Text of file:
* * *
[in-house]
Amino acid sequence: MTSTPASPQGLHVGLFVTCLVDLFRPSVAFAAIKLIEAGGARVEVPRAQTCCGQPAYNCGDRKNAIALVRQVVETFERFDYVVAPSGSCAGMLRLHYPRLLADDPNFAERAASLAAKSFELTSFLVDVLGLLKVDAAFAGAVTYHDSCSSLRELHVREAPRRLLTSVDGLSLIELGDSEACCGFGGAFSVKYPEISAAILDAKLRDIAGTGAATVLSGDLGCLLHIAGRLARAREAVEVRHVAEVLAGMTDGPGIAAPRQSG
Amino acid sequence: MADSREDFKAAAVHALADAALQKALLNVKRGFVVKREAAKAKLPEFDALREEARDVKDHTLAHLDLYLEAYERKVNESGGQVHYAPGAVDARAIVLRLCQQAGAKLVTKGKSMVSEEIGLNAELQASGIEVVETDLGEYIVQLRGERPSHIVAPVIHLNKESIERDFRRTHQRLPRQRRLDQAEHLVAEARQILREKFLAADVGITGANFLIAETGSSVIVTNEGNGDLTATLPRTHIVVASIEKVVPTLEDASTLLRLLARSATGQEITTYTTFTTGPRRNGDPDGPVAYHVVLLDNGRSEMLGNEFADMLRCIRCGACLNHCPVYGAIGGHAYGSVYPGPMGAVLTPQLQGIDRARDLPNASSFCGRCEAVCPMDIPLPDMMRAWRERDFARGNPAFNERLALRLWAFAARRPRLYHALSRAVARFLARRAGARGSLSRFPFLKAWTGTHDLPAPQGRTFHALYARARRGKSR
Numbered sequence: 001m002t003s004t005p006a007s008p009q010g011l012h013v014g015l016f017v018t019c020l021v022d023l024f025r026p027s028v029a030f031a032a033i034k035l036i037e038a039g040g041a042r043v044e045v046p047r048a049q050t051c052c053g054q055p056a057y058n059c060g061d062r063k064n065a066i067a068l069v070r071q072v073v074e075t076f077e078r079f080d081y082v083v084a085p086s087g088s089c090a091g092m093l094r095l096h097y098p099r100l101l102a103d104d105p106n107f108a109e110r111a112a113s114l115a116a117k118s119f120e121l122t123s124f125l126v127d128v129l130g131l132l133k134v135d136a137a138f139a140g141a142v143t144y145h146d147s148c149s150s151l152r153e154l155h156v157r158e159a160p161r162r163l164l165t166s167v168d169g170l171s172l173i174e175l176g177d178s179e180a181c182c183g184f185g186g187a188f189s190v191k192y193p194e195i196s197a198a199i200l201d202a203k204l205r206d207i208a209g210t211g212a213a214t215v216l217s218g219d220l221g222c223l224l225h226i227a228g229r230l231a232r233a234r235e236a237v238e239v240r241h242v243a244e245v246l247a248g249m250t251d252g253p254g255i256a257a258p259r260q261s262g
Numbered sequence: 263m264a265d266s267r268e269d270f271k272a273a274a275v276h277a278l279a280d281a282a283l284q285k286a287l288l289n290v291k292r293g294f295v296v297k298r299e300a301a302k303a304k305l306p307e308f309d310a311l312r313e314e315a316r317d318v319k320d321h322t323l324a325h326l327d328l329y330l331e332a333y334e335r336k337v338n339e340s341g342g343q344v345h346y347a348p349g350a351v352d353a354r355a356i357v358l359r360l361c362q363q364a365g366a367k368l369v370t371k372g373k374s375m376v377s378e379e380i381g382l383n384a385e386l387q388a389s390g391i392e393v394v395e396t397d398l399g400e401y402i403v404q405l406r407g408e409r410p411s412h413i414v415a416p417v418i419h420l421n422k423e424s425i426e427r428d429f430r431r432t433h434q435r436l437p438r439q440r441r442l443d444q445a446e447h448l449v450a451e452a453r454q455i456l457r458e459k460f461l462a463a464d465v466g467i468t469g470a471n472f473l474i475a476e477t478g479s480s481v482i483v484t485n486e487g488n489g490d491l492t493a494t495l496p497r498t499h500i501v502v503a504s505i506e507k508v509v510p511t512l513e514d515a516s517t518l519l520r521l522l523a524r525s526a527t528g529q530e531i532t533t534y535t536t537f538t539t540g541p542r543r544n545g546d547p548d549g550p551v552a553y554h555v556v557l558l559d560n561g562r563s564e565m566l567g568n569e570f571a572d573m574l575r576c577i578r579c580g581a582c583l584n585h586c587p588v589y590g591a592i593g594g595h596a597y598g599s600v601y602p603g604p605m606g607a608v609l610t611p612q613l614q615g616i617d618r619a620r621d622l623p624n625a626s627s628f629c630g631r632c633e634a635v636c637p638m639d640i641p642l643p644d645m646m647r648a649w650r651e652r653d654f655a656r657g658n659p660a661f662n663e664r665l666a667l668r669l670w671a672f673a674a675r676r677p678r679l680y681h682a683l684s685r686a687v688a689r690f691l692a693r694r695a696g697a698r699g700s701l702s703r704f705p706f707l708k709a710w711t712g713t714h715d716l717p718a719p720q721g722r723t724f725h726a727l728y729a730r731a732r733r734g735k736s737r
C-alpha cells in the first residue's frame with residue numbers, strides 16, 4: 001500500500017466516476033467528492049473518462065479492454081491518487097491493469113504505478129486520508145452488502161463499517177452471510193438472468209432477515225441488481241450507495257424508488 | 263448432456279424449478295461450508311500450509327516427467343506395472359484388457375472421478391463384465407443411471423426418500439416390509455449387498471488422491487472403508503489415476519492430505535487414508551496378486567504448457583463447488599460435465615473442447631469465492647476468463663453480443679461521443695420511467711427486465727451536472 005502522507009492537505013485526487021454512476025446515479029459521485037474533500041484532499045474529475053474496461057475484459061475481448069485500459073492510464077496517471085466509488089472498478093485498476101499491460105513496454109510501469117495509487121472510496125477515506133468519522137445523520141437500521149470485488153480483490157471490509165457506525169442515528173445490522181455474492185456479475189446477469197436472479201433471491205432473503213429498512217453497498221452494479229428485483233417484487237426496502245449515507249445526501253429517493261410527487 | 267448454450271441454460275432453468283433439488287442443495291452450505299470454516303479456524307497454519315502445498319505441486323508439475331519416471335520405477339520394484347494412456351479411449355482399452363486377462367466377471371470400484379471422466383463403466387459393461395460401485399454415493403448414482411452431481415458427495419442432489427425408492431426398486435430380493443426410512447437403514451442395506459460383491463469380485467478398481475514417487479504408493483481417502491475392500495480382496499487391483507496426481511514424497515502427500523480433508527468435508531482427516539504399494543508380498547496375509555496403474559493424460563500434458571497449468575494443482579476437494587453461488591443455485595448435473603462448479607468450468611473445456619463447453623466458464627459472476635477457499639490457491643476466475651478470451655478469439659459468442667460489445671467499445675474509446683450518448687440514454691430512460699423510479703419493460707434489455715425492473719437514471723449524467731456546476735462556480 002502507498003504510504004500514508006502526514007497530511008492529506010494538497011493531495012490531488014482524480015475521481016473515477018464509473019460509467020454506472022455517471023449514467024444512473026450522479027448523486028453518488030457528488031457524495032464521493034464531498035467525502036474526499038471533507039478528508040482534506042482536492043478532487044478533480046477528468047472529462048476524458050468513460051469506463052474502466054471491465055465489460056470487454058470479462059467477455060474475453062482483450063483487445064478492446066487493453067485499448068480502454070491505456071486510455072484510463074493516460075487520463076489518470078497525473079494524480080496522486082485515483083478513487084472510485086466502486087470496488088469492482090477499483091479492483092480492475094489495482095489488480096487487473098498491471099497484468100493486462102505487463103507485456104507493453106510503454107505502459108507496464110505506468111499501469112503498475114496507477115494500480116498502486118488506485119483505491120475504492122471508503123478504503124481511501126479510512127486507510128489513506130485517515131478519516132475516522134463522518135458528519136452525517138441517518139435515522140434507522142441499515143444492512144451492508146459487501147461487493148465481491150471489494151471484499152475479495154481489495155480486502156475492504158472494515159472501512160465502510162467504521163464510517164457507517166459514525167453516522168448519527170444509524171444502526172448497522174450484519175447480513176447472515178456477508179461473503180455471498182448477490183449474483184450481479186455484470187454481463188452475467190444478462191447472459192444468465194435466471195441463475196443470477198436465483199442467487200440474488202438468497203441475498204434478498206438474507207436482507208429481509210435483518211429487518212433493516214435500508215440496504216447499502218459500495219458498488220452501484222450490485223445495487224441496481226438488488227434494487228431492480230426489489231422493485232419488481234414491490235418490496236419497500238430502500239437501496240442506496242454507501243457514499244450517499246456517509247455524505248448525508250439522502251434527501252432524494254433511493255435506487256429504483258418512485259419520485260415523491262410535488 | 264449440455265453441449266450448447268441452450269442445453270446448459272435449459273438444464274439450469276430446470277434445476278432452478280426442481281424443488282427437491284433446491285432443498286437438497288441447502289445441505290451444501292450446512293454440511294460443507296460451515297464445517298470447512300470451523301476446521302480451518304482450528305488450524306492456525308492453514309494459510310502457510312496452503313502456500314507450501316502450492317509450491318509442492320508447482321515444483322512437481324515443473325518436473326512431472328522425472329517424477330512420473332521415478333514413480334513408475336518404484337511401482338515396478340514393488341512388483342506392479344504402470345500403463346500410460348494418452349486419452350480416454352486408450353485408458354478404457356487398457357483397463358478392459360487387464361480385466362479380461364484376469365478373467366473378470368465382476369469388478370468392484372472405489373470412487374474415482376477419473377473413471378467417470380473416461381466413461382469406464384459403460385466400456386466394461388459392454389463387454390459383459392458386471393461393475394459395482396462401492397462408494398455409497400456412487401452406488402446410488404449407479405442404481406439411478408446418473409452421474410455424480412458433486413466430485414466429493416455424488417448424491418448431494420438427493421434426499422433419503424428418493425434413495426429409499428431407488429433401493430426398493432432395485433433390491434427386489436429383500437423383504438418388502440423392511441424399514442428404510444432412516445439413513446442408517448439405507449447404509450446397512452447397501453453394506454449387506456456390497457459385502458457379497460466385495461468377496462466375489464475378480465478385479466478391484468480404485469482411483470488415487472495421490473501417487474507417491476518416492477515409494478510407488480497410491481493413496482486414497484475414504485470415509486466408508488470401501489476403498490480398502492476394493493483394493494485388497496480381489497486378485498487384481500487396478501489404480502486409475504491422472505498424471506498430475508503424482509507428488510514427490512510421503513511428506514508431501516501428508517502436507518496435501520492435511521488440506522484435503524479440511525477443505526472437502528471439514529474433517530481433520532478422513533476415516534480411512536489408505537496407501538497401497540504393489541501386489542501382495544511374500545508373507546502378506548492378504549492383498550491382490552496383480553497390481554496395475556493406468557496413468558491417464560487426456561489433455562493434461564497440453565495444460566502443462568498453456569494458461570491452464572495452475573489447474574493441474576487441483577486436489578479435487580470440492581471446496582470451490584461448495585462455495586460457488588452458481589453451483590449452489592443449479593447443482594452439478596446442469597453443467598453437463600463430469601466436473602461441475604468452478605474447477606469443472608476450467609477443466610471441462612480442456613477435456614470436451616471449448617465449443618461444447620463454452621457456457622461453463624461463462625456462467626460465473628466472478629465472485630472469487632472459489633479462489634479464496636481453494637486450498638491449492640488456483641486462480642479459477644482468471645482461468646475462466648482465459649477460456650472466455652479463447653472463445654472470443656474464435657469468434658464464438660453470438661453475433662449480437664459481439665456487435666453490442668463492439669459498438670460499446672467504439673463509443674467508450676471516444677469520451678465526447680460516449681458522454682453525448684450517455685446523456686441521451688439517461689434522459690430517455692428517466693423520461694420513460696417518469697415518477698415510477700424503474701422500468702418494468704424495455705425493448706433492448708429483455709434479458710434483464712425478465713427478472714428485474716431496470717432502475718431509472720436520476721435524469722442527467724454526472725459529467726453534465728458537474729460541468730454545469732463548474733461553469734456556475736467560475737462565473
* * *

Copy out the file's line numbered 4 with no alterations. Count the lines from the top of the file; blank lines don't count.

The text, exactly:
Numbered sequence: 001m002t003s004t005p006a007s008p009q010g011l012h013v014g015l016f017v018t019c020l021v022d023l024f025r026p027s028v029a030f031a032a033i034k035l036i037e038a039g040g041a042r043v044e045v046p047r048a049q050t051c052c053g054q055p056a057y058n059c060g061d062r063k064n065a066i067a068l069v070r071q072v073v074e075t076f077e078r079f080d081y082v083v084a085p086s087g088s089c090a091g092m093l094r095l096h097y098p099r100l101l102a103d104d105p106n107f108a109e110r111a112a113s114l115a116a117k118s119f120e121l122t123s124f125l126v127d128v129l130g131l132l133k134v135d136a137a138f139a140g141a142v143t144y145h146d147s148c149s150s151l152r153e154l155h156v157r158e159a160p161r162r163l164l165t166s167v168d169g170l171s172l173i174e175l176g177d178s179e180a181c182c183g184f185g186g187a188f189s190v191k192y193p194e195i196s197a198a199i200l201d202a203k204l205r206d207i208a209g210t211g212a213a214t215v216l217s218g219d220l221g222c223l224l225h226i227a228g229r230l231a232r233a234r235e236a237v238e239v240r241h242v243a244e245v246l247a248g249m250t251d252g253p254g255i256a257a258p259r260q261s262g